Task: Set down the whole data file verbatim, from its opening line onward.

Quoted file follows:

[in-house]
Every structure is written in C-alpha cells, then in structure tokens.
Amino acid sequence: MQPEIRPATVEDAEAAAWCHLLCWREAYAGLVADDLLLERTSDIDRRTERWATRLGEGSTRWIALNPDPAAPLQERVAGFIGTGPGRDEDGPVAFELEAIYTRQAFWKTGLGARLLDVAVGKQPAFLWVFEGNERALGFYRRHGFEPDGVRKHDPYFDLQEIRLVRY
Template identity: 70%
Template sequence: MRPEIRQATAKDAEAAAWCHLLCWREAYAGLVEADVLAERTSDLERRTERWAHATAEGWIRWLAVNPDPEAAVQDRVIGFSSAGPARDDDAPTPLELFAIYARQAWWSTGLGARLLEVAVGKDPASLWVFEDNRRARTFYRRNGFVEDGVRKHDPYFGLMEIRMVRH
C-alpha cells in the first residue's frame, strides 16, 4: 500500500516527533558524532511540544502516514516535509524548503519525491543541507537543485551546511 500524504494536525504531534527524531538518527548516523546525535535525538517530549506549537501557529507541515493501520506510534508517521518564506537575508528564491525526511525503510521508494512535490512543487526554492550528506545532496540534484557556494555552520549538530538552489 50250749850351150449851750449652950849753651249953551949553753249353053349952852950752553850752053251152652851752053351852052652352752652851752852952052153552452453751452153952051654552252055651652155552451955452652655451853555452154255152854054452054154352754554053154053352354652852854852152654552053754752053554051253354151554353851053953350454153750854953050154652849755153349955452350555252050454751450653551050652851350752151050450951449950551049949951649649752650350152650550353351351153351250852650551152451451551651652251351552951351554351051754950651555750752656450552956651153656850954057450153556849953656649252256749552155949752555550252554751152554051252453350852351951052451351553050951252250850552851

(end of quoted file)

[in-house]
Every structure is written in C-alpha cells, then in structure tokens.
Amino acid sequence: MQPEIRPATVEDAEAAAWCHLLCWREAYAGLVADDLLLERTSDIDRRTERWATRLGEGSTRWIALNPDPAAPLQERVAGFIGTGPGRDEDGPVAFELEAIYTRQAFWKTGLGARLLDVAVGKQPAFLWVFEGNERALGFYRRHGFEPDGVRKHDPYFDLQEIRLVRY
Template identity: 70%
Template sequence: MRPEIRQATAKDAEAAAWCHLLCWREAYAGLVEADVLAERTSDLERRTERWAHATAEGWIRWLAVNPDPEAAVQDRVIGFSSAGPARDDDAPTPLELFAIYARQAWWSTGLGARLLEVAVGKDPASLWVFEDNRRARTFYRRNGFVEDGVRKHDPYFGLMEIRMVRH
C-alpha cells in the first residue's frame, strides 16, 4: 500500500516527533558524532511540544502516514516535509524548503519525491543541507537543485551546511 500524504494536525504531534527524531538518527548516523546525535535525538517530549506549537501557529507541515493501520506510534508517521518564506537575508528564491525526511525503510521508494512535490512543487526554492550528506545532496540534484557556494555552520549538530538552489 50250749850351150449851750449652950849753651249953551949553753249353053349952852950752553850752053251152652851752053351852052652352752652851752852952052153552452453751452153952051654552252055651652155552451955452652655451853555452154255152854054452054154352754554053154053352354652852854852152654552053754752053554051253354151554353851053953350454153750854953050154652849755153349955452350555252050454751450653551050652851350752151050450951449950551049949951649649752650350152650550353351351153351250852650551152451451551651652251351552951351554351051754950651555750752656450552956651153656850954057450153556849953656649252256749552155949752555550252554751152554051252453350852351951052451351553050951252250850552851